|Education for Health (WHO, 1988, 274 p.)|
|Chapter 4: Health education with individuals|
What are the things we value most?
As we said in Chapter 1, values are standards and beliefs that are very important to us and that therefore affect our behavior. Some of the things people value include progress, happiness, friendship, security, and comfort. If asked, most people would say that they value health, but too often they do not think about their health until they have lost it.
Although people feel strongly about their values, they do not always seem to behave in ways that match them. People often do not even realize that the way they are behaving is not consistent with their values. The examples below show this clearly.
People value their children very highly. They consider it an honour to be a parent. Caring for children is a special duty not to be taken lightly. But sometimes you see a family spending their extra money on new clothing, cigarettes, or alcohol, even though the children are underweight and sickly. It may be that the family wants new clothing so that they can all feel proud when they attend a relative's marriage. Maybe they drink alcohol because their friends do or because it seems a way to help them mix easily with other people. Maybe they believe cigarettes will help them concentrate better at their work. Perhaps the family does not know that children need to eat certain foods to be healthy. You can probably think of other reasons for this family's behavior. It is unlikely that the mother and father want to hurt their children. They probably do not realize that their behavior is out of line with the value they place on their children.
Look now at the example of a schoolboy who has an infected toe. He complains a lot about the pain. He says he values his health. The health worker tells him to come to the clinic for injections for five days. After the second day, the boy does not come again. There are many possible reasons for this. Maybe the pain has been relieved and he thinks two injections are enough. Maybe it is a long way to the clinic. Maybe the boy has important work or ah examination at school. He may be afraid of the health worker or the injections. Whatever the reason, the boy probably does not see that his behavior is working against his stated value of health.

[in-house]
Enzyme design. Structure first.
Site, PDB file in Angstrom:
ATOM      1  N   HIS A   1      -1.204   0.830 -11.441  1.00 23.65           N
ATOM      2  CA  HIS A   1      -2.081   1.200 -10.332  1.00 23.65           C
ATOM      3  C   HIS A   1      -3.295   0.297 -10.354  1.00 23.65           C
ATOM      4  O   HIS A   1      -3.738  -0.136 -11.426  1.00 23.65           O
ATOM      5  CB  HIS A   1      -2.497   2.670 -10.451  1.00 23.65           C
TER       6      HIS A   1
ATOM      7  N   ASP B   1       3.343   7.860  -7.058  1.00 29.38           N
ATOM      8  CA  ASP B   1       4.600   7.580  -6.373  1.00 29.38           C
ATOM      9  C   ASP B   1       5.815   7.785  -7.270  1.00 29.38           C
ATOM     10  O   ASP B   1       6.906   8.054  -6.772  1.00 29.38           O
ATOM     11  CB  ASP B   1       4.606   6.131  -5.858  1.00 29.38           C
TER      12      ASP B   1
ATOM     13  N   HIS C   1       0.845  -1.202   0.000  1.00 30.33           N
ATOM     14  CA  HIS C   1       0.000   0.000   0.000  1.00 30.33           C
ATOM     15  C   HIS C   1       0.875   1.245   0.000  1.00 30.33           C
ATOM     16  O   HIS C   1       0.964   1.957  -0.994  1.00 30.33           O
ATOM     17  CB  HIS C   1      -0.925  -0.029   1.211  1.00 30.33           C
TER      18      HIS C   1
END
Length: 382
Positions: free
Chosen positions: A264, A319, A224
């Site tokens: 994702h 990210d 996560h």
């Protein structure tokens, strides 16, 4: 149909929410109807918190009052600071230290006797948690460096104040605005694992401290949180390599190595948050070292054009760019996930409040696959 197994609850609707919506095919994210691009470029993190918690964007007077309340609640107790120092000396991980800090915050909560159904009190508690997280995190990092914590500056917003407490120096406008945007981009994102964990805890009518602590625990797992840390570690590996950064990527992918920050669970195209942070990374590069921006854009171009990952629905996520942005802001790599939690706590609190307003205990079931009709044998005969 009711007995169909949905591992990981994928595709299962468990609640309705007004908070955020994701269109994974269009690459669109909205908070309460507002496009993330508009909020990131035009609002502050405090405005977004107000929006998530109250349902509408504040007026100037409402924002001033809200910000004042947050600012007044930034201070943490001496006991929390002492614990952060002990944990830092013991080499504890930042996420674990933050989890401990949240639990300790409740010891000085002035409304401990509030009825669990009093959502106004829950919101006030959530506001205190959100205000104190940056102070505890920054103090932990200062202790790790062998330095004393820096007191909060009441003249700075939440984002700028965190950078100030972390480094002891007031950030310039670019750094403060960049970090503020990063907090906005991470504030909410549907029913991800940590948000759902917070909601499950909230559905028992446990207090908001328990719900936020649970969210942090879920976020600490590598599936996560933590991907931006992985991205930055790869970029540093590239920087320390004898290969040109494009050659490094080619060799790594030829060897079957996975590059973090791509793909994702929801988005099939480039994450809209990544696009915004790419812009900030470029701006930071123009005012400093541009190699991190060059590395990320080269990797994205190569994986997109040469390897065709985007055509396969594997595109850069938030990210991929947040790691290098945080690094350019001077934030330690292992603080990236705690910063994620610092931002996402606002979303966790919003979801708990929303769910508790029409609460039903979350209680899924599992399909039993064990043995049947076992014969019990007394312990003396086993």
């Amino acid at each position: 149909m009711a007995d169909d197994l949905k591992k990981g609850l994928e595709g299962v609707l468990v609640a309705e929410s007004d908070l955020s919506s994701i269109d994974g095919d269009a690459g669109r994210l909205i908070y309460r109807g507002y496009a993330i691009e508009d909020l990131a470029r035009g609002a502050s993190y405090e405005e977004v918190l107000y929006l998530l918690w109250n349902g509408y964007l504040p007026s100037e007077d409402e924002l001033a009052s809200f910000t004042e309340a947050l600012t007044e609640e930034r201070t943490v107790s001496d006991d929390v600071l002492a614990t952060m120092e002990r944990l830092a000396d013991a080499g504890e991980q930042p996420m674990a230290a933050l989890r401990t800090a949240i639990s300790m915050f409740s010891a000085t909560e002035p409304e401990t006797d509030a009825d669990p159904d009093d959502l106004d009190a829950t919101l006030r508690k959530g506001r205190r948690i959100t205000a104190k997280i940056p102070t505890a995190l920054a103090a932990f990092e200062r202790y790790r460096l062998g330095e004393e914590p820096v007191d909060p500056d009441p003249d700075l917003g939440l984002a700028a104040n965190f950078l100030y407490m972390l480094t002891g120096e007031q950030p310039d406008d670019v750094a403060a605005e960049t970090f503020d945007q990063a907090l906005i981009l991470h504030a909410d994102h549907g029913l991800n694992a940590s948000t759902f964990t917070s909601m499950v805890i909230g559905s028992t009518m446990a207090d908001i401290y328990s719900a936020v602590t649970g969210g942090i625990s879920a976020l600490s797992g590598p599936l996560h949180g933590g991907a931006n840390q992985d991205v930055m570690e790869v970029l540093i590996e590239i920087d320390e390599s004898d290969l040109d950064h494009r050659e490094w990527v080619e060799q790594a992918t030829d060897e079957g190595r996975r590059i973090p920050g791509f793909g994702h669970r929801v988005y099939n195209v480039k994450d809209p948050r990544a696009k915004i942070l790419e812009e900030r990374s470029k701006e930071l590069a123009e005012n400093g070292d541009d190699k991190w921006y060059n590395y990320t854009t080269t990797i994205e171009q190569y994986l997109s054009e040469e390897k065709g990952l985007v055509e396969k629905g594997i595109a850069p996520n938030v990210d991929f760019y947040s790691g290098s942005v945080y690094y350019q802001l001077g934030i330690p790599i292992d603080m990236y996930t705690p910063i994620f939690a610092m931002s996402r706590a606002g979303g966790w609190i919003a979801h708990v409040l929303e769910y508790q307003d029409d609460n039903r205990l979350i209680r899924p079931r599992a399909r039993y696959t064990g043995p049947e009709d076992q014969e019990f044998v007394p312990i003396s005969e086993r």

Clarify your own values. You may have to think hard. What are the five things you value most in life? Now look at one of them. Think back over the past week. Have you always behaved in a way that is in line with the value selected? If not, for what reasons? Why is it difficult for people always to behave according to their values? What can you do to bring your own behavior more in line with your values?
Adjusting behavior to values
It is our role to help people see clearly how their values may not be matched by their behavior. Then perhaps, they will try to change. If they are to do so, we need to help them find out what matters most in their lives. This is best done with individuals, although it can also be done in small groups. Values are very personal. People are unlikely to talk in front of others about their values and the contradictions in their behavior.
The discussions of this topic would usually be part of an individual counselling session. You would already have found out some of the problems the client is facing, and some of the reasons for these problems. Begin by asking what the client sees as the most important things in lifewhat is valued most. Ask what the client does to live up to these values. If health is valued, what does the client do to keep healthy? If children are valued, what does the client do to make sure children grow up to be strong and successful?
Once people are clear about the things they value most in life, ask them if they always act in ways that are in harmony with their values. If they say 'No', ask them why. Find out what makes it difficult for them to live always according to their values. Also if you have noticed any differences in the values a person holds and the person's actions, gently point them out. The realization of such differences is a very important step towards the decision to change one's behavior. But once a person has decided to modify certain habits, that decision has to be kept to day after day, until the changes in behavior have become part of a way of life. This is often very difficult. We will see now how people can be strengthened in their decision to adopt healthy practices.